This is the con argument on the morality of the recent acts of Edward Snowden. To read the pro click here.
When someone becomes a witness of corruption, it seems logical that he should reveal it, alert others, and make sure they are punished for it. However, is it right to reveal those secrets if it endangers others as well?
Many people believe that Edward Snowden did a good thing by revealing what the NSA did, and that it benefited the general public. We, as Americans, all may feel that our privacy was violated by the government and that the government should be punished. However, we must also consider what the consequences of his actions are and how we all may be affected.
As far as spying on United States citizens, the government was not violating our privacy all the time. Snowden claimed in a video that the government was watching us “all the time.” Snowden’s claims are not proven to be entirely true.
According to an article by The New Yorker, most of the information of who we call is shared with the phone companies we subscribe to as well. While the NSA did cross the line with 2,776 incidents, where they overstepped the limits of what they could access, privacy was not breached all the time. Furthermore, based on the case Smith v. Maryland in 1979, we do not have expectations of privacy for phone calls.
The news Snowden revealed will also cost our nation money.The U.S. has different security operations set up all over the world. While some may be unnecessary, many are for our nation’s safety and, after so many secrets of these programs were revealed, much of the system will have to be reworked. This will not be a cheap process, in terms of time and money.
Also, Snowden fled to other nations where he could have leaked valuable U.S. information. Snowden claims he did not share any information to China or Russia when he said, “I never gave any information to either government, and they never took anything from my laptops.” However, there is no way to be certain this is the truth. These nations perform counterintelligence on the United States as well, and giving them information would not be in our best interests.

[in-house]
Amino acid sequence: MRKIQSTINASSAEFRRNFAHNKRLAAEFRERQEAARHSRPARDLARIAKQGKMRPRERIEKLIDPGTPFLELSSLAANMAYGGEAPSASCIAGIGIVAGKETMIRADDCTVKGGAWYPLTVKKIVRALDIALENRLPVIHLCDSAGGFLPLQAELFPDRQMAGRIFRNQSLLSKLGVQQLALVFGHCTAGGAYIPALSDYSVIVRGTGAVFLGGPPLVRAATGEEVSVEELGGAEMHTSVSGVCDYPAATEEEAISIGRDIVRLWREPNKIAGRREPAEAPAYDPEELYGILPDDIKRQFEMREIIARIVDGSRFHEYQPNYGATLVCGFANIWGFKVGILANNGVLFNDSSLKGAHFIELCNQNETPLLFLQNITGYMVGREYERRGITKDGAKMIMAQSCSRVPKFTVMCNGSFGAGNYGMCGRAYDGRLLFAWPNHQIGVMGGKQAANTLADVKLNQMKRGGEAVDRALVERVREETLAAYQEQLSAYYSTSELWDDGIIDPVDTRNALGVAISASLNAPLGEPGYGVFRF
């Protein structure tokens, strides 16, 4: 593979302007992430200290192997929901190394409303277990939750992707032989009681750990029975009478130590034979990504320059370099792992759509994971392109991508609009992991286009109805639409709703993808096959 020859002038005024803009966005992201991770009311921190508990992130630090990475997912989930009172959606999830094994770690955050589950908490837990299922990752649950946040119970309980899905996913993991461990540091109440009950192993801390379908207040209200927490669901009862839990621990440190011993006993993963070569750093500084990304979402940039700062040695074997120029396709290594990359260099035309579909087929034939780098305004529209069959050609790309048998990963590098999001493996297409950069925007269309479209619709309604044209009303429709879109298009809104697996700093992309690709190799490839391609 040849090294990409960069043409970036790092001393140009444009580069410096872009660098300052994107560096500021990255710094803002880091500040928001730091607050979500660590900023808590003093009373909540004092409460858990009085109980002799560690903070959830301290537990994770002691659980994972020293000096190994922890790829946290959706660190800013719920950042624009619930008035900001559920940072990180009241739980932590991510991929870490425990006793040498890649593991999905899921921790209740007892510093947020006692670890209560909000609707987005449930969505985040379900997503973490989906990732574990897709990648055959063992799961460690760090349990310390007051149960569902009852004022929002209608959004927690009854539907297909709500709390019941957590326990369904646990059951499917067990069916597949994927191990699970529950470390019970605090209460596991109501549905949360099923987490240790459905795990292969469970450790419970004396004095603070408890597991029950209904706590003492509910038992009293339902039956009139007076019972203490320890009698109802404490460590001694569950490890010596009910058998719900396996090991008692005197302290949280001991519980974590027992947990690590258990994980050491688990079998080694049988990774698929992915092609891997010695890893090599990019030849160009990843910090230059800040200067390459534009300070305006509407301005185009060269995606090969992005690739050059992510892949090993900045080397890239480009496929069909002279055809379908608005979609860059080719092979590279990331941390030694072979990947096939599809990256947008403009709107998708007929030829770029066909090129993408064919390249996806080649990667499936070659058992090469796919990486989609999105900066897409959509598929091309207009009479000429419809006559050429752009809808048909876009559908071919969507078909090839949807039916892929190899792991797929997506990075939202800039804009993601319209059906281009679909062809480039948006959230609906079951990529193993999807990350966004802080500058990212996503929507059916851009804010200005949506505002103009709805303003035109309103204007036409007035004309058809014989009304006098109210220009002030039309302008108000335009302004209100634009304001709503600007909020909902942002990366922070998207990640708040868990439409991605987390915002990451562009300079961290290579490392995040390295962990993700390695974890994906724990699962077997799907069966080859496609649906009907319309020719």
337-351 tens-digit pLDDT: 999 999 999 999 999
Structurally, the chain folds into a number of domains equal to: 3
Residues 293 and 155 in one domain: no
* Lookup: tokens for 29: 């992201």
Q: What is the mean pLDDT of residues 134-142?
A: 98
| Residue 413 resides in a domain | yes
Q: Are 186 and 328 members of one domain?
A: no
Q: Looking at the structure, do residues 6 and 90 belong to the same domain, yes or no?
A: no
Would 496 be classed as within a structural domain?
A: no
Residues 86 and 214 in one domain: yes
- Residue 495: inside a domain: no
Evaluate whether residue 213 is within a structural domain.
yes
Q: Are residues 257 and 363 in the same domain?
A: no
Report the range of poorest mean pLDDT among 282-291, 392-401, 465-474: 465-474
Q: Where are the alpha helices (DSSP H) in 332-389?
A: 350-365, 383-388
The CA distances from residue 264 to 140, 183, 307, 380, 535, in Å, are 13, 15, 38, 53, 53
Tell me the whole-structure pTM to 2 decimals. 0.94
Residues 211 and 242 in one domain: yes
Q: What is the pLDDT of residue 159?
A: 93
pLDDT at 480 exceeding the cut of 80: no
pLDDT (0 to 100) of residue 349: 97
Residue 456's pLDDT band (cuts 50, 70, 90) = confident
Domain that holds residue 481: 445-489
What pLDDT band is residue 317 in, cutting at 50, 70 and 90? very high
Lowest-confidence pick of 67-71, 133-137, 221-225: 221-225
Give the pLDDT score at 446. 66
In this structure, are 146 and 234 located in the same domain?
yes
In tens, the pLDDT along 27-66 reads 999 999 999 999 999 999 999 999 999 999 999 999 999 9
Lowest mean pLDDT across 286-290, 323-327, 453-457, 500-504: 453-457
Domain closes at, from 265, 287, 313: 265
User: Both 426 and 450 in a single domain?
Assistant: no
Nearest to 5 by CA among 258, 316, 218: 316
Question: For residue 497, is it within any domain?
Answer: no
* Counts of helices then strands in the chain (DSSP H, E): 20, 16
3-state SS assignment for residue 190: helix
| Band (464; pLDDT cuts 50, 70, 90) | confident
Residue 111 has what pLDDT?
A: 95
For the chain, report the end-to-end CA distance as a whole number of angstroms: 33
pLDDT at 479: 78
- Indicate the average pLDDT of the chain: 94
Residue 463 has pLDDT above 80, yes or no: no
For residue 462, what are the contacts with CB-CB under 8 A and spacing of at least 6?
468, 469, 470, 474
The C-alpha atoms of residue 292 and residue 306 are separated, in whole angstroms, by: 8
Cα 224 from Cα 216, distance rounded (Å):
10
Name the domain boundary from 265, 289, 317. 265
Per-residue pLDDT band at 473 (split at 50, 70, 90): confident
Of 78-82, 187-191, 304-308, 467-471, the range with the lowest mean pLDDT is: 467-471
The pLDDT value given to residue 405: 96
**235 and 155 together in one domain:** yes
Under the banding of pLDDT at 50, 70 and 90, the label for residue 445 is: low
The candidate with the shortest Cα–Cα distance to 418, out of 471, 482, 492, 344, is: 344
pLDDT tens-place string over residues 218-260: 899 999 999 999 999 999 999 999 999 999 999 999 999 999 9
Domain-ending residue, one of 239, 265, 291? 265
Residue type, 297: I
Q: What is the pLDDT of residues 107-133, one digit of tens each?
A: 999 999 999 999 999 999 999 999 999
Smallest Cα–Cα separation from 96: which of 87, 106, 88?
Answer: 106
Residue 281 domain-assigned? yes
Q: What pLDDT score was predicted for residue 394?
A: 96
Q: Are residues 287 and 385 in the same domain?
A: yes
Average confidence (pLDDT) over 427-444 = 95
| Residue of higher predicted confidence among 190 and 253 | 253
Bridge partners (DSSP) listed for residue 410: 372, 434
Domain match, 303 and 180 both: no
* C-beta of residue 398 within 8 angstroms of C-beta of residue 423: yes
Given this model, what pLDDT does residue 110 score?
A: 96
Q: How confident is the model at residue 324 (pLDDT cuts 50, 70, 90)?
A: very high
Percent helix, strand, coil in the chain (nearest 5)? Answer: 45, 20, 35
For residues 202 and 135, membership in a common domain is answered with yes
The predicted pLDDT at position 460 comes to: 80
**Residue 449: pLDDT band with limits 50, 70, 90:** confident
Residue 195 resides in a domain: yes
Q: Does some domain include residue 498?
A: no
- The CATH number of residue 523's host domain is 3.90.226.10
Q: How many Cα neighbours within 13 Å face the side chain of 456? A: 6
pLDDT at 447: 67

Snowden’s actions have hurt our international relations as well. Other nations know that we were spying on them, which has changed their opinion on us and harmed our international reputation. For example, German Chancellor Angela Merkel called for a European wide-reconsideration of cooperation with U.S. intelligence agencies. Also, other groups of people, terrorist groups for example, now know more about our spying habits and procedures.
What Snowden did was brave, however, he should have gone about it in a different way that did not endanger our nation. I do not approve of the United States spying on its own people, and I believe he was right in taking a stand against it. However, Snowden’s actions carry consequences into the international level that could cause more problems for us in the future, problems that could harm us both internationally and domestically.
Cole Alban is the Online Chief for The Patriot and jcpatriot.com.